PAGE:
EIGHT guidance staff at Holyrood Secondary in Glasgow - one of the largest schools in Scotland - have publicly rebelled against their local negotiators in the Educational Institute of Scotland after a contentious pastoral care deal was agreed with the city council.
Anita O'Hagan, an assistant principal teacher of guidance and group spokeswoman, describes the agreement as a "shabby treatment of staff and a scandalous waste of expertise and resources". The deal is said to show "scant regard" for the needs of children.
Glasgow is ditching its guidance structures and introducing a pastoral care system which makes all secondary teachers responsible for a core group of pupils. Management duties will be carried out by principal teachers of guidance once the posts of assistant and senior teacher disappear at the end of the session.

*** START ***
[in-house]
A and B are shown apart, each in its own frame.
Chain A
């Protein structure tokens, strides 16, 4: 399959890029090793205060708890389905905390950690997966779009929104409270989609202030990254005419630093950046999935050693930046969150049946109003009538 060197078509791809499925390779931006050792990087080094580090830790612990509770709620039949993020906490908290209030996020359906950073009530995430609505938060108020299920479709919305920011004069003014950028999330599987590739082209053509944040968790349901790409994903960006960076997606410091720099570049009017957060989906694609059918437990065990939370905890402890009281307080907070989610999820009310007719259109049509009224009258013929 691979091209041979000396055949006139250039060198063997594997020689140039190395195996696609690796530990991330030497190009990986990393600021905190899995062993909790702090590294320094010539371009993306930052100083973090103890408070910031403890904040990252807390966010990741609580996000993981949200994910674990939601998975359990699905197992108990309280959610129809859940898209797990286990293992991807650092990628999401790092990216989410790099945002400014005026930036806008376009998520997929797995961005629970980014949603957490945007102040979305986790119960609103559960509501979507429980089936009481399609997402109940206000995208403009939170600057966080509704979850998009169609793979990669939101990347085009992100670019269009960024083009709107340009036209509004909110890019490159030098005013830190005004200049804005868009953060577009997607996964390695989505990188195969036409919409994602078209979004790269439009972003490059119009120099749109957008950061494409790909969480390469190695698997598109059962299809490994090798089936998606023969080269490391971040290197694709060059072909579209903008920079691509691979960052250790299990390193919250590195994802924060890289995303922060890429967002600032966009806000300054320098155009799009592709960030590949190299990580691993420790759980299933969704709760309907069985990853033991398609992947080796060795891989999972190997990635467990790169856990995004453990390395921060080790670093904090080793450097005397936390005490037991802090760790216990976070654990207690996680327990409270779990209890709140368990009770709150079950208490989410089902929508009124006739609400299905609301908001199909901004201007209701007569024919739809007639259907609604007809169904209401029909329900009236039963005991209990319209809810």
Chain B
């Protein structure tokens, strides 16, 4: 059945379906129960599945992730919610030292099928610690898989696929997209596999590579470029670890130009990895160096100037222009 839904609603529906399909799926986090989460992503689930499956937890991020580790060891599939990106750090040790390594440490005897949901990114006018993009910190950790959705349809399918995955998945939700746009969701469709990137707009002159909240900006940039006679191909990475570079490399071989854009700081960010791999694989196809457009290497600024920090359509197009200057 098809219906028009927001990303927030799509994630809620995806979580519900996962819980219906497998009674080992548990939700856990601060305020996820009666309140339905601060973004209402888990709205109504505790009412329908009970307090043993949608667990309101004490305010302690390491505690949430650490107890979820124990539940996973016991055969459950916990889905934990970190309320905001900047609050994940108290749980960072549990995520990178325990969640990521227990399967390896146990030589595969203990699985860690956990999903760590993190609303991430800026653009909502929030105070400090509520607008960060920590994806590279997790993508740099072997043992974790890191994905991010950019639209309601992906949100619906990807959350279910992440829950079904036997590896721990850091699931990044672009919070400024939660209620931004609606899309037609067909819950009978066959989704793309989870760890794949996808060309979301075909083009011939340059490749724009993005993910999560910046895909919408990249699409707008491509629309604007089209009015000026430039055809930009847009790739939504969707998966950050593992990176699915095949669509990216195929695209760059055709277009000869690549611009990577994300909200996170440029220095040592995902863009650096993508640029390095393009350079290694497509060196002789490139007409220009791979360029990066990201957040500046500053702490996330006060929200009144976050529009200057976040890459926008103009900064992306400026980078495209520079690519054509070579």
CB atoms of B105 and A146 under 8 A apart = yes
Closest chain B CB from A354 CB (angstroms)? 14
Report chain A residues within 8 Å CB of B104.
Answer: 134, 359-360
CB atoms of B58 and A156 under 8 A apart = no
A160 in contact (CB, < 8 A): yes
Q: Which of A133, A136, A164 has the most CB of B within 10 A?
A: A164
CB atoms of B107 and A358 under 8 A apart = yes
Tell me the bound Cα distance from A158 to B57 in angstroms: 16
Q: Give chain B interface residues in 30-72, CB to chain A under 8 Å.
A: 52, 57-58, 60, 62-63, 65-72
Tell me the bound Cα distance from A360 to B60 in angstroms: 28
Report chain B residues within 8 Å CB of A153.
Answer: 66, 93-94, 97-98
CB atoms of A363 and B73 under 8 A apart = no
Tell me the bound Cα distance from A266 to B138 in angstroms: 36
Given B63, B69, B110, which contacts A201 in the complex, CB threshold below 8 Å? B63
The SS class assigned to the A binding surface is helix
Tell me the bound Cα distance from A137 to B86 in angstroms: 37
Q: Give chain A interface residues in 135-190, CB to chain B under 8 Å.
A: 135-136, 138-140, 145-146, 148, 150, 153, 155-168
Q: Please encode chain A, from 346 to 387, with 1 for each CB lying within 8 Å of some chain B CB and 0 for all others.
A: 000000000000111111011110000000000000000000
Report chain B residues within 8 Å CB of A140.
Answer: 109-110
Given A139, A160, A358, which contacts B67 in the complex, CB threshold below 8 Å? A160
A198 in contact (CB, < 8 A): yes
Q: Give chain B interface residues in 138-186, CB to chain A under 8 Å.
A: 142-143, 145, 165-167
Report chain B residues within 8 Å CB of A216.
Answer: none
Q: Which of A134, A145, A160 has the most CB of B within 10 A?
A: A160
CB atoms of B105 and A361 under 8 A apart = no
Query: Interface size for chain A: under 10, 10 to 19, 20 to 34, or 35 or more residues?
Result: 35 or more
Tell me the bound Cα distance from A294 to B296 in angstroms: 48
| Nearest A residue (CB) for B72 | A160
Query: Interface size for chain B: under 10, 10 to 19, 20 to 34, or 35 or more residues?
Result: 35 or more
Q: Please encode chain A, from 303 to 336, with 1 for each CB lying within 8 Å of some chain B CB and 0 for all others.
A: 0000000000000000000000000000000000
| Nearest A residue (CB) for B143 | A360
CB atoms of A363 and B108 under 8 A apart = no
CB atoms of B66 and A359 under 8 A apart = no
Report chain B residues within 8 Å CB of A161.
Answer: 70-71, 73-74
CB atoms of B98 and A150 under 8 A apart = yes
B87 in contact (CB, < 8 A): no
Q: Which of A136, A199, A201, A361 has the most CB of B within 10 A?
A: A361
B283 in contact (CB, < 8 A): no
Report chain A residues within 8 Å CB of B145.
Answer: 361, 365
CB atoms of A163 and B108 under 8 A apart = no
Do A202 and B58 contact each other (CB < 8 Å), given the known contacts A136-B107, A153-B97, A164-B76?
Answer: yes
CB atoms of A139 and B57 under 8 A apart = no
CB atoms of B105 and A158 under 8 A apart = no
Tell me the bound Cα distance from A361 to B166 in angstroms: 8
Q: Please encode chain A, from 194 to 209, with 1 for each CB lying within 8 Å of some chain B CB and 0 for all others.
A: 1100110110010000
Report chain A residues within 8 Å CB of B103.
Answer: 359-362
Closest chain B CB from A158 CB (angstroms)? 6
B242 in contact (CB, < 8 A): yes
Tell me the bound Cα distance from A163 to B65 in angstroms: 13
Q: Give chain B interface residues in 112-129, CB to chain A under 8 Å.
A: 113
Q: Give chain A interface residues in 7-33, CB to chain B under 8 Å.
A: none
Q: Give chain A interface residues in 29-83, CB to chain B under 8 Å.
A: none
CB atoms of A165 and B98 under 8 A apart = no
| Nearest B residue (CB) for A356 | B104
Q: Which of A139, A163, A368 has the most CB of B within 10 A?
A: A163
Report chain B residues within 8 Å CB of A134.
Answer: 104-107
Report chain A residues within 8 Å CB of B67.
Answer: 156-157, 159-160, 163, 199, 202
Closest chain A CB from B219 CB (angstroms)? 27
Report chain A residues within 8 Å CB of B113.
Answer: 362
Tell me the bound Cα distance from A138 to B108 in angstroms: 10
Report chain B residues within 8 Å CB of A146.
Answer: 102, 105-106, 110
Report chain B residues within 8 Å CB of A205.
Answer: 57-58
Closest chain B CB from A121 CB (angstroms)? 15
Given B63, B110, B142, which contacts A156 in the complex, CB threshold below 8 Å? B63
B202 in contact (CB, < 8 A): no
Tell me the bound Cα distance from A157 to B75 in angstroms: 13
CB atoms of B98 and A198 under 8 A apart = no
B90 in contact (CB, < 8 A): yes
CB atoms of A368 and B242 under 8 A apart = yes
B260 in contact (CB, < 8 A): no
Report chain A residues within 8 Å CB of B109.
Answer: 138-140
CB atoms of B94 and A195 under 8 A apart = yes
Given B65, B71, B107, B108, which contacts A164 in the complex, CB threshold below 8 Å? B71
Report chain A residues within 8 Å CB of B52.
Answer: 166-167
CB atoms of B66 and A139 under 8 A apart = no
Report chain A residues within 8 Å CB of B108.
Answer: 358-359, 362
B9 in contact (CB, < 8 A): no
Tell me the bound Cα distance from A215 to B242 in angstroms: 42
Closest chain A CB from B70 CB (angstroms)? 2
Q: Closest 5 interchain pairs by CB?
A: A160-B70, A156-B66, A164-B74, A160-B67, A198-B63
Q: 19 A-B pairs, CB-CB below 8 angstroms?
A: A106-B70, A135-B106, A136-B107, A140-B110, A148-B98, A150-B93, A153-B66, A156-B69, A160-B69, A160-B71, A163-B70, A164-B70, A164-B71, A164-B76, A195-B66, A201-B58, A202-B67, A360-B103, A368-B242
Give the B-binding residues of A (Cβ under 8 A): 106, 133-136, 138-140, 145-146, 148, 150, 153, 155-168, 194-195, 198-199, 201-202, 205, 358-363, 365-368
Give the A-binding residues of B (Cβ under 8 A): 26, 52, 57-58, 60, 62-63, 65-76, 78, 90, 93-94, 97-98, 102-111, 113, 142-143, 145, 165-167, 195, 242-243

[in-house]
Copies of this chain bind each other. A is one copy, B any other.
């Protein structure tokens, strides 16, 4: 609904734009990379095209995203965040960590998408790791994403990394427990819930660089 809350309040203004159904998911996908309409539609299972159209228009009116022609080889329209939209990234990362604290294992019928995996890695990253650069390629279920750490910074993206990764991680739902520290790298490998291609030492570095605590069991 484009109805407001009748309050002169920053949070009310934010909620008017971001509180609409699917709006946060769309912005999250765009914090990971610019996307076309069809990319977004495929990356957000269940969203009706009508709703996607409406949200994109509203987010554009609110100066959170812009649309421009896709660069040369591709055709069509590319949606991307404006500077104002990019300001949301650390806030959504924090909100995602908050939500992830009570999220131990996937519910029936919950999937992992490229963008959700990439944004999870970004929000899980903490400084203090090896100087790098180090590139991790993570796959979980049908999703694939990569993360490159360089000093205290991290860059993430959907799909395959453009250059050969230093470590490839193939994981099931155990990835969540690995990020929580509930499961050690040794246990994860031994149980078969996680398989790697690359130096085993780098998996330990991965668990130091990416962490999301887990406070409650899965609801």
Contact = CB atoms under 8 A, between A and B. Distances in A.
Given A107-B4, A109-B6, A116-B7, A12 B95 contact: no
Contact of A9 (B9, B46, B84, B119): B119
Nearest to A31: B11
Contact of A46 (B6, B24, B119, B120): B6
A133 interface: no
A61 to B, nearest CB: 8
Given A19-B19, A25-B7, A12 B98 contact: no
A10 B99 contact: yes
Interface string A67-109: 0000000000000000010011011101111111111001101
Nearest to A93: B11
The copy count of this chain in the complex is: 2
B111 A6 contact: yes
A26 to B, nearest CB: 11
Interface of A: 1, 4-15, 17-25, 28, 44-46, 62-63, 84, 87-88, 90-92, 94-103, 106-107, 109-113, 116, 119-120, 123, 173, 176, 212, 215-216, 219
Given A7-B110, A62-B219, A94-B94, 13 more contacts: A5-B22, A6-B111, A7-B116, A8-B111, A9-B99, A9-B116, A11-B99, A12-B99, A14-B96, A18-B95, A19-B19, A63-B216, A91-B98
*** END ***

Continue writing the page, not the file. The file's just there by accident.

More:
But Ms O'Hagan, who has complained to the union nationally and to Mike Watson, her MSP, says guidance staff have been badly represented and that the deal breaks the spirit of the post-McCrone agreement. "The parents have not been informed that their children's guidance teachers will be removed from post by August," she said.
Ms O'Hagan complains that local negotiators have failed to agree any protection against compulsory transfer in the shake-up of posts over the summer and any guarantee of time to carry out duties.
"In addition, a number of willing, well-qualified and experienced guidance staff who would have chosen to continue their caseload only (and no management duties), have been instructed that this will certainly not be an option, despite the McCrone agreement," she states.
A transitional arrangement for APTs which she thought had been accepted by union negotiators did not appear in the final agreement.